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Hardware Teardown of Pro-Ject Pre Box S2 Digital DAC

amirm

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#1
This hardware teardown is a follow up to my review of the Pro-Ject Pre Box S2 DAC. The DAC performed well in objective measurements. Let's see how it does from overall design point of view.

Here is the high level diagram/major integrated circuits:

Pro-Ject Pre S2 Box Teardown pictures.jpg


We see one of the nicest layouts given the small box constraints. Digital side is fully isolated on the left with a moat between it, and the right side analog/mixed signal. The asynchronous interface is implemented using ubiquitous Xmos.

Extracted digital audio samples from USB or other inputs is then routed on top across an isolation moat and board to a pair of ESS Sabre ES9038Q2M parts. ESS is secretive with its specs so I don't have a link to provide for it or the rest of the ESS parts used here.

Precision reference voltage for the DACs is provided by ES9311. http://www.marketwired.com/press-re...h-to-simplify-audio-system-design-2085996.htm

upload_2018-2-25_10-29-38.png


Measurements showed absence of typical power supply noise so seems like ESS has done a good job here as has the designer by selecting this part.

Headphone output is provided by Sabre 9802Q: https://www.businesswire.com/news/home/20150108005016/en/ESS-Technology-Introduces-SABRE9602-CES-2015-World’s

upload_2018-2-25_10-35-31.png


Alas with no heatsink and no higher than 5 volt supply, it does not provide much drive capability as noted in my review of Pro-Ject S2 Pre DAC.

Another not so good news is use of Lelon electrolytic capacitors indicated by the "OCRZ" notation on top of them. Lelon is a fourth grade brand of capacitors and is known to fail in power supply circuits. Fortunately the analog side of this board runs cool and parts are not under stress so that choice to save money is probably OK. Not so good is the same choice for the switchmode power supply on the digital side to drive the XMOS. Keep this unit cool and away from other hot running products for better longevity.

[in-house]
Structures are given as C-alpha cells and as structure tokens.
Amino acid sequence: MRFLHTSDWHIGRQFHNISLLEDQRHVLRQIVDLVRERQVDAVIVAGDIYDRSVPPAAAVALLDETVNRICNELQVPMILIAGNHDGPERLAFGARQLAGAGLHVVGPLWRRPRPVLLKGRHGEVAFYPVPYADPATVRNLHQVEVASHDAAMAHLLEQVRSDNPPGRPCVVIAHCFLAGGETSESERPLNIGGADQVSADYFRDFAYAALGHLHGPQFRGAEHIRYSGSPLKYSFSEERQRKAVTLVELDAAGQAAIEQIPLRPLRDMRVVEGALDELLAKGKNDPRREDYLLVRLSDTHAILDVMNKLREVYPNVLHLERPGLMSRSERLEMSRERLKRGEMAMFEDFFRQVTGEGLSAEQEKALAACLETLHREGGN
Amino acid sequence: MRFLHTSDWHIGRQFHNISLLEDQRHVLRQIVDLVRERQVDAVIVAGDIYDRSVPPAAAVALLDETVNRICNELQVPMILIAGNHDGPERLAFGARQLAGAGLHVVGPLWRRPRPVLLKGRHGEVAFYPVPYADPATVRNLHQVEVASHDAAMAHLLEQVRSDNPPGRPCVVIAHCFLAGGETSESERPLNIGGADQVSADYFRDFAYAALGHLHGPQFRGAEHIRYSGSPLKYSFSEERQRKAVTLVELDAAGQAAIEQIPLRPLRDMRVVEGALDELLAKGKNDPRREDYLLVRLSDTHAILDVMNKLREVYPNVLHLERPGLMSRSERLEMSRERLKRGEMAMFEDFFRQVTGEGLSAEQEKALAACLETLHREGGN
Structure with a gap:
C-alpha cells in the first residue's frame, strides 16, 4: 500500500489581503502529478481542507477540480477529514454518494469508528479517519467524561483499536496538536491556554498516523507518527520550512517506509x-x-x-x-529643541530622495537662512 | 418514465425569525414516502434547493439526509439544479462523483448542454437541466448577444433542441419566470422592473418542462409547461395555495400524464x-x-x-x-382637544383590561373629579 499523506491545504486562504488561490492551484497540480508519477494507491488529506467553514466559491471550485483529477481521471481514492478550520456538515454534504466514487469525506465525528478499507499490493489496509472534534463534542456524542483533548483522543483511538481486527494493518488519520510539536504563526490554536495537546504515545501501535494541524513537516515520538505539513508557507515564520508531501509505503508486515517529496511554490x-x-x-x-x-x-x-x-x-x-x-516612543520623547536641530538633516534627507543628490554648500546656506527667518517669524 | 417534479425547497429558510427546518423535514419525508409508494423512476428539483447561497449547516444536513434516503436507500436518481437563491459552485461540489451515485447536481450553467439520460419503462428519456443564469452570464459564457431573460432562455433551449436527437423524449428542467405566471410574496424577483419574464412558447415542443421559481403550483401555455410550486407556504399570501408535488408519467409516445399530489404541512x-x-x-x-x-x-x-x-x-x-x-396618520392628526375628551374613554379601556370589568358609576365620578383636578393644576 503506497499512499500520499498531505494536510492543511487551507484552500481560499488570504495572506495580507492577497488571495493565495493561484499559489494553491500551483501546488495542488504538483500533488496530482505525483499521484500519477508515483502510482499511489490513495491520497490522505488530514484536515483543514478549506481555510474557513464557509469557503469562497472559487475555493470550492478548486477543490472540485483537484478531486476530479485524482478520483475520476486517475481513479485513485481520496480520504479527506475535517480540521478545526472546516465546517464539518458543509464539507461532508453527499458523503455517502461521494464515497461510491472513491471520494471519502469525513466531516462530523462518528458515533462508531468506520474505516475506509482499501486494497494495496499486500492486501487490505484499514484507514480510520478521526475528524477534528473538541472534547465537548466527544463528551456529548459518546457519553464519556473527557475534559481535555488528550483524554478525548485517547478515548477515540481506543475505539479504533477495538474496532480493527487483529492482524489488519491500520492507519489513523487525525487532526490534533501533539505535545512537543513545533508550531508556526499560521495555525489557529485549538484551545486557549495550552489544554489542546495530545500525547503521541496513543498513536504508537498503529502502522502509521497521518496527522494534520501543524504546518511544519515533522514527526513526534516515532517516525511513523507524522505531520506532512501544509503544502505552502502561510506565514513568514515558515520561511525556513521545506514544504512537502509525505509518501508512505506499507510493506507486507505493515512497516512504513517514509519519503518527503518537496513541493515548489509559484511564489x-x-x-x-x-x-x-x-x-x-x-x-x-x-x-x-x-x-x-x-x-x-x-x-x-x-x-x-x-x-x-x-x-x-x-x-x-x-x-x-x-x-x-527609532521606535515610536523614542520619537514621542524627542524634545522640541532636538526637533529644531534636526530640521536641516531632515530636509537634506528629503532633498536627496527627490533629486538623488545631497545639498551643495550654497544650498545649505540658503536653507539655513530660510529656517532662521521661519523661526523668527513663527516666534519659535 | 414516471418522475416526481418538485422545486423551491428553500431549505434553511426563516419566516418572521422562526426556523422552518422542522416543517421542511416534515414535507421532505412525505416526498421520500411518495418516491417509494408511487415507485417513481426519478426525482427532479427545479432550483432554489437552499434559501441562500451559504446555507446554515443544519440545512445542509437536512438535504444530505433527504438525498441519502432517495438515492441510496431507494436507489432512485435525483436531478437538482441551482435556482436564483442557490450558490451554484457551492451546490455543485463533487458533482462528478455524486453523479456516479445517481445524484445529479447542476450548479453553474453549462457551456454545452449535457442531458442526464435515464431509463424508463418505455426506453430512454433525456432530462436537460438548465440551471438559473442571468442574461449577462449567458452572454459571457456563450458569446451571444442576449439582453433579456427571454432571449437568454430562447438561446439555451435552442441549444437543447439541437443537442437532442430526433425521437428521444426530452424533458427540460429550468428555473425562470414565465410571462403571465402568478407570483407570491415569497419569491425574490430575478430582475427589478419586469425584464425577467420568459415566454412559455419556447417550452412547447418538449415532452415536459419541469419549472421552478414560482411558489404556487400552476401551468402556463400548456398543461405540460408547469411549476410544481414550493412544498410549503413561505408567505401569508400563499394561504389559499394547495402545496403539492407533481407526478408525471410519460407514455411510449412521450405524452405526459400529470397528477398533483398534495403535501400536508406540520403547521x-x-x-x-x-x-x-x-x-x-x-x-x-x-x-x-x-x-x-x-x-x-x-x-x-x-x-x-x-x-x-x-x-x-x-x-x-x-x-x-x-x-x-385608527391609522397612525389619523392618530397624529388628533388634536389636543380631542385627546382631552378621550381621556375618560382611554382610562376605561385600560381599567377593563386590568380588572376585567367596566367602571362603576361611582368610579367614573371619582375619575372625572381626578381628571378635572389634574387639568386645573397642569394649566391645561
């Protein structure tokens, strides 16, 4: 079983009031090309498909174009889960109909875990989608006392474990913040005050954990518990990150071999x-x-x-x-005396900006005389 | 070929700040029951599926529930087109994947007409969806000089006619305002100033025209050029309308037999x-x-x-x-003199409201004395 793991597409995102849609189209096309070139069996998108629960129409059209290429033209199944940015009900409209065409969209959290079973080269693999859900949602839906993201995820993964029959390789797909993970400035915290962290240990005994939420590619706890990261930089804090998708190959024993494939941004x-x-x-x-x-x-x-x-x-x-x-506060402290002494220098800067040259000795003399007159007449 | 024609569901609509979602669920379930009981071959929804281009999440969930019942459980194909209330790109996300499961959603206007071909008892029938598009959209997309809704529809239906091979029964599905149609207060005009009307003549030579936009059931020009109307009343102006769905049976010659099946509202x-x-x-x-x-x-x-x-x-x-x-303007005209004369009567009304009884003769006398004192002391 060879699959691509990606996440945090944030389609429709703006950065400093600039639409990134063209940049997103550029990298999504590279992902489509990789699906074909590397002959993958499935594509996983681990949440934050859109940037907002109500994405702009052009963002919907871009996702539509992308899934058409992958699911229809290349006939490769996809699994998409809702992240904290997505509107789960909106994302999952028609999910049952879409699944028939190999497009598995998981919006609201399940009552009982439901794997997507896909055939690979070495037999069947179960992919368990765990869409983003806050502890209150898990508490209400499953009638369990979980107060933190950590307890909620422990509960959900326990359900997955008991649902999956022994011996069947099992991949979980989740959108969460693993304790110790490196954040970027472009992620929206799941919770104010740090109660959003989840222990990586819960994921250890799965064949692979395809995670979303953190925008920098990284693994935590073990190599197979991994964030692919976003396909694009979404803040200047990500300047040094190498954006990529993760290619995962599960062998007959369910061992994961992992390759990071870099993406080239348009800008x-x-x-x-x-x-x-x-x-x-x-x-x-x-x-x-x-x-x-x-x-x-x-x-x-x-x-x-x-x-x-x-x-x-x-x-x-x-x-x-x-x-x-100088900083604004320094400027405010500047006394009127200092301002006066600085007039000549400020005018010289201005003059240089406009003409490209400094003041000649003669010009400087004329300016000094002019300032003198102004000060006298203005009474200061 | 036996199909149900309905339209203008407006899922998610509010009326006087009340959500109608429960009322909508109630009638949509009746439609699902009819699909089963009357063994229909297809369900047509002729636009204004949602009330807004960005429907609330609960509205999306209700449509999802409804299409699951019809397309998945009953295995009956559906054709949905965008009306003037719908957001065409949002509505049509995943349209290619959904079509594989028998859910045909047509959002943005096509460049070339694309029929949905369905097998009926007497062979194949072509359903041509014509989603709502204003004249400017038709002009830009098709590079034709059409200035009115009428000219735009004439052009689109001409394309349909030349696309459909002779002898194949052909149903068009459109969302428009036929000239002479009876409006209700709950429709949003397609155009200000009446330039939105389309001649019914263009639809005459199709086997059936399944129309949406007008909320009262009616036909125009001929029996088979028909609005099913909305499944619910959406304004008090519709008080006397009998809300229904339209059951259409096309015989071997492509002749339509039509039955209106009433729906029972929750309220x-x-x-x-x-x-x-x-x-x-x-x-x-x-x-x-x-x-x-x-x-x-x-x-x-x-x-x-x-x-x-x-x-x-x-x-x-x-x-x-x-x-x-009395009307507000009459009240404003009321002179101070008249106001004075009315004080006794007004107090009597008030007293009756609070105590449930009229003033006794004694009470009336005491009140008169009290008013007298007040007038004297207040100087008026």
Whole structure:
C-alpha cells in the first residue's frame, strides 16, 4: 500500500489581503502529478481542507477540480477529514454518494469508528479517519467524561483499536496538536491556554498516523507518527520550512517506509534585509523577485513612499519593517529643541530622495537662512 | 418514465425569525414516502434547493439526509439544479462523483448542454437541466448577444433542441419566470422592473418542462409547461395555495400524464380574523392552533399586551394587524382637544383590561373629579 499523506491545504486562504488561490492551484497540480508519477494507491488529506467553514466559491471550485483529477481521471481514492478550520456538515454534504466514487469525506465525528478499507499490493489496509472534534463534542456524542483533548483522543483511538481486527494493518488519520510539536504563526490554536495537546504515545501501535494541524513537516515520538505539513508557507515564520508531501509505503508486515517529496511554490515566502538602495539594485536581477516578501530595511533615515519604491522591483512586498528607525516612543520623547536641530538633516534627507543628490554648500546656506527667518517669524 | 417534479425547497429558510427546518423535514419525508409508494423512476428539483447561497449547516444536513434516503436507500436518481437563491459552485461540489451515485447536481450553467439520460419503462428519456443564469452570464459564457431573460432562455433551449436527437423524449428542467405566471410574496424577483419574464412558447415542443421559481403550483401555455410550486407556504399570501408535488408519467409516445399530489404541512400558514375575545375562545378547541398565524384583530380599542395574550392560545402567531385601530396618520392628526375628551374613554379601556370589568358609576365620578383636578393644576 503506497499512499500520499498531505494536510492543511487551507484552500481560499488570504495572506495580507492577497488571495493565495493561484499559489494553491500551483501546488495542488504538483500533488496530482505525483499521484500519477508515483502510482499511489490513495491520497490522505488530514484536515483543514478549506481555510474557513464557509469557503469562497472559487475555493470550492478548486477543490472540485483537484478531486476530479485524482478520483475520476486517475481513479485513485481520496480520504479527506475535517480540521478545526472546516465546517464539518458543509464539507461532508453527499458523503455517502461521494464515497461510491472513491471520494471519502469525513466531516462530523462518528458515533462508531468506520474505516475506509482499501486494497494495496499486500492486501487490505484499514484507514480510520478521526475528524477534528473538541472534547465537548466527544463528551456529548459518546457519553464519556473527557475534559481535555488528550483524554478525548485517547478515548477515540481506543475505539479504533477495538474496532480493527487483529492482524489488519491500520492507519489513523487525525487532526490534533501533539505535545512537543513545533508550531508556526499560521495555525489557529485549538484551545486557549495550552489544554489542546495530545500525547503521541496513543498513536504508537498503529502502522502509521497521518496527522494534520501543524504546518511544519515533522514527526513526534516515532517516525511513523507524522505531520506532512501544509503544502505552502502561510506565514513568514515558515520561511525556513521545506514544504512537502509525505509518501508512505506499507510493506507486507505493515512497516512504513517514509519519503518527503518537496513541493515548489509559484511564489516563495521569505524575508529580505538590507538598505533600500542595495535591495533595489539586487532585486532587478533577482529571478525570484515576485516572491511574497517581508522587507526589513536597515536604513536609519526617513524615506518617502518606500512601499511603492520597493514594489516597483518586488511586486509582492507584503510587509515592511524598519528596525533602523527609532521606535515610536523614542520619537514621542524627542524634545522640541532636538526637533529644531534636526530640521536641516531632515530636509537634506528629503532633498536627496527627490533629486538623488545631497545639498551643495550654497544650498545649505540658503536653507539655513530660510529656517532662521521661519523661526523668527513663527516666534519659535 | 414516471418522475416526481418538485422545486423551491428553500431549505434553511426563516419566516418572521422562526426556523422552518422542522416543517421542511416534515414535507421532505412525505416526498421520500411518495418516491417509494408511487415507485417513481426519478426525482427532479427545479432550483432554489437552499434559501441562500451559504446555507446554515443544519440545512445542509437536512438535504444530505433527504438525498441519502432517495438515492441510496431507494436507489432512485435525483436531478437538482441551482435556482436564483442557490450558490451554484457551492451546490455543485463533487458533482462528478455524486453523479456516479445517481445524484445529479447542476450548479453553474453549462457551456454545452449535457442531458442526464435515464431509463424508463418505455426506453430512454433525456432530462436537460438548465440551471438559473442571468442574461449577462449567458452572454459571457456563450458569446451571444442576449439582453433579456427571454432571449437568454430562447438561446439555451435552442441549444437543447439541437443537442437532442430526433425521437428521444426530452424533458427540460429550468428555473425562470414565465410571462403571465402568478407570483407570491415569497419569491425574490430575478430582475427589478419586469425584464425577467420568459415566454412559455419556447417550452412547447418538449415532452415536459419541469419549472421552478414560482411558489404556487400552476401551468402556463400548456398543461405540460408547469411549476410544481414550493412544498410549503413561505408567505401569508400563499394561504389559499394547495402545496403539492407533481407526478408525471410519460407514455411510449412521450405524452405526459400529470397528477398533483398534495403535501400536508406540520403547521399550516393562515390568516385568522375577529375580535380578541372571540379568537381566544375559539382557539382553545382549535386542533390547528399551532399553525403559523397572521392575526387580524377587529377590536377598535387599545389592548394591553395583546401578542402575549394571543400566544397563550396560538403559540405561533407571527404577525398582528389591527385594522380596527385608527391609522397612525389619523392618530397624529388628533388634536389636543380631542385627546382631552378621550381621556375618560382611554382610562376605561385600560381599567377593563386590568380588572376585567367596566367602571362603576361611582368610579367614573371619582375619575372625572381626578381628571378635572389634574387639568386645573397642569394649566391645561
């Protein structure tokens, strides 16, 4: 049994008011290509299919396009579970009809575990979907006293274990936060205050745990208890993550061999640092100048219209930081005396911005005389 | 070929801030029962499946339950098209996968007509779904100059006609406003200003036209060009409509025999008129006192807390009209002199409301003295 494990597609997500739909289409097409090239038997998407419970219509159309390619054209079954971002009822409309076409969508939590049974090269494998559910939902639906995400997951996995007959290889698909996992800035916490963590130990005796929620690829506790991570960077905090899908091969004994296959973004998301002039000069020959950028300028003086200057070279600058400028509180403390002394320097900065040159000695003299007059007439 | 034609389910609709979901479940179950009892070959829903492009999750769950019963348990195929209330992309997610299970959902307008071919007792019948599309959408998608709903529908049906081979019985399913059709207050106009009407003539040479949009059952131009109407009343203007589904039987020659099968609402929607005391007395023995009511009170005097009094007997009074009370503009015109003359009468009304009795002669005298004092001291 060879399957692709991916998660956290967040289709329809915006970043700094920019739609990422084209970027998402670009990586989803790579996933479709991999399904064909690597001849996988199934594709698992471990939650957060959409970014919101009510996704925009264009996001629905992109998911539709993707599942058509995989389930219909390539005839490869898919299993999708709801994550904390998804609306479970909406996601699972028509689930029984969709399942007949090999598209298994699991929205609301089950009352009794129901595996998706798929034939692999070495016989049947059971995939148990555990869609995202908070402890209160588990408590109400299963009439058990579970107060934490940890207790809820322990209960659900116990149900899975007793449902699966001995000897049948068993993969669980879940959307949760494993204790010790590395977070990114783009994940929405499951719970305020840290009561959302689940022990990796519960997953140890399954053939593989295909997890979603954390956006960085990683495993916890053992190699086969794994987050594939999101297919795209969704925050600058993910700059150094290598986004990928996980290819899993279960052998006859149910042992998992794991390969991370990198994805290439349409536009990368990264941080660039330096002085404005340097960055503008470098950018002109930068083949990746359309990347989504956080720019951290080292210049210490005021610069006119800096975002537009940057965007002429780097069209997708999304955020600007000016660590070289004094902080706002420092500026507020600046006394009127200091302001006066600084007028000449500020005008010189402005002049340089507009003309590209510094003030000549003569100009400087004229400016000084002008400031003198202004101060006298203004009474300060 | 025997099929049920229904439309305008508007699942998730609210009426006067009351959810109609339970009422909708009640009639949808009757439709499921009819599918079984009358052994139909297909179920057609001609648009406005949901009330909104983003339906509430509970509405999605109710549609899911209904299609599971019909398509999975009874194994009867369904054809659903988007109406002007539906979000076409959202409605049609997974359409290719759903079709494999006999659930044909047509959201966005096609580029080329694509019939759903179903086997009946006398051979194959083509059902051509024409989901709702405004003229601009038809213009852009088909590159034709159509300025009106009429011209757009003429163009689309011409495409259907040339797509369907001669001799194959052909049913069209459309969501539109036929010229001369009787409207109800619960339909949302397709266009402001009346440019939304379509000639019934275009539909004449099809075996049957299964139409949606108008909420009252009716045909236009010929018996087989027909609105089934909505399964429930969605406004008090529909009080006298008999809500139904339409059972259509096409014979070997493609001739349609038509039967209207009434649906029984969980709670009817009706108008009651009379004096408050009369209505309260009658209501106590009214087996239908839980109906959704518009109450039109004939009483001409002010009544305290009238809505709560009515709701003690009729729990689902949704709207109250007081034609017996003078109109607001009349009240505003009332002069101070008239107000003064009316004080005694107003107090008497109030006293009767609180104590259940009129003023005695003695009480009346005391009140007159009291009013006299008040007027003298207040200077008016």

Interestingly they did use much higher quality WIMA caps elsewhere.

Here are the "clean" pictures of digital and analog sections:

Pro-Ject Pre S2 Box Teardown pictures digital.jpg


Pro-Ject Pre S2 Box Teardown pictures analog.jpg


Notice the nice board providing isolation between the two sides:

Pro-Ject Pre S2 Box Teardown pictures isolation.jpg


Mechanical design is quite sturdy for such a small unit. Notice the hefty bolt here to hold the PCB with the front panel switch:

Pro-Ject Pre S2 Box Teardown pictures mechanical.jpg


There is no flex as a result and the switch feels solid when pushed in and out.

Same routine is followed in the back with connectors feeling very sturdy:

Pro-Ject Pre S2 Box Teardown pictures connector.jpg


The external power supply is a typical switchmode unit:

Pro-Ject Pre S2 Box Teardown pictures Power Supply.jpg


Summary
The Pro-Ject Pre S2 Digital is a well-built, and well-thought out DAC. Excellent attention is paid to isolation of digital and analog. Layout is very good for such a small unit. Mechanical construction is also quite solid and overbuilt compared to much lessor designs (I am looking at you Schiit).

The only thing that raises the eyebrow is use of cheap electrolytic caps from Lelon. For this price range, spending another $10 on better caps would have been nice to see.

So this is a competently designed DAC both in measurements and electrical/mechanical design.

Note: I should say that this tear down was very difficult due to very tiny footprint of the surface mount parts, and lack of documentation from ESS. I think I got all the part numbers right but I am open to being corrected. :)

Much thanks to forum member who loaned me this unit for measurement and allowing me to get my sticky fingers inside for this teardown. :)
 
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#2
Overall this looks like a really well designed DAC at it's price point compared to the rest of the market. I always like seeing nice well organized looking PCBs. I don't have the expertise to really tell if it's well organized, but it LOOKS good.
 
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#3
This DAC really looks well designed, congrats to John Westlake.
The caps should be easy to fix. Or is there more to it than changing the parts list?
Would the headphone amp perform better with a higher supply voltage (12V)? A "high power mode" would of course require an external PSU. Some USB power based DACs have that kind of feature (e.g. Grace m9xx/m900).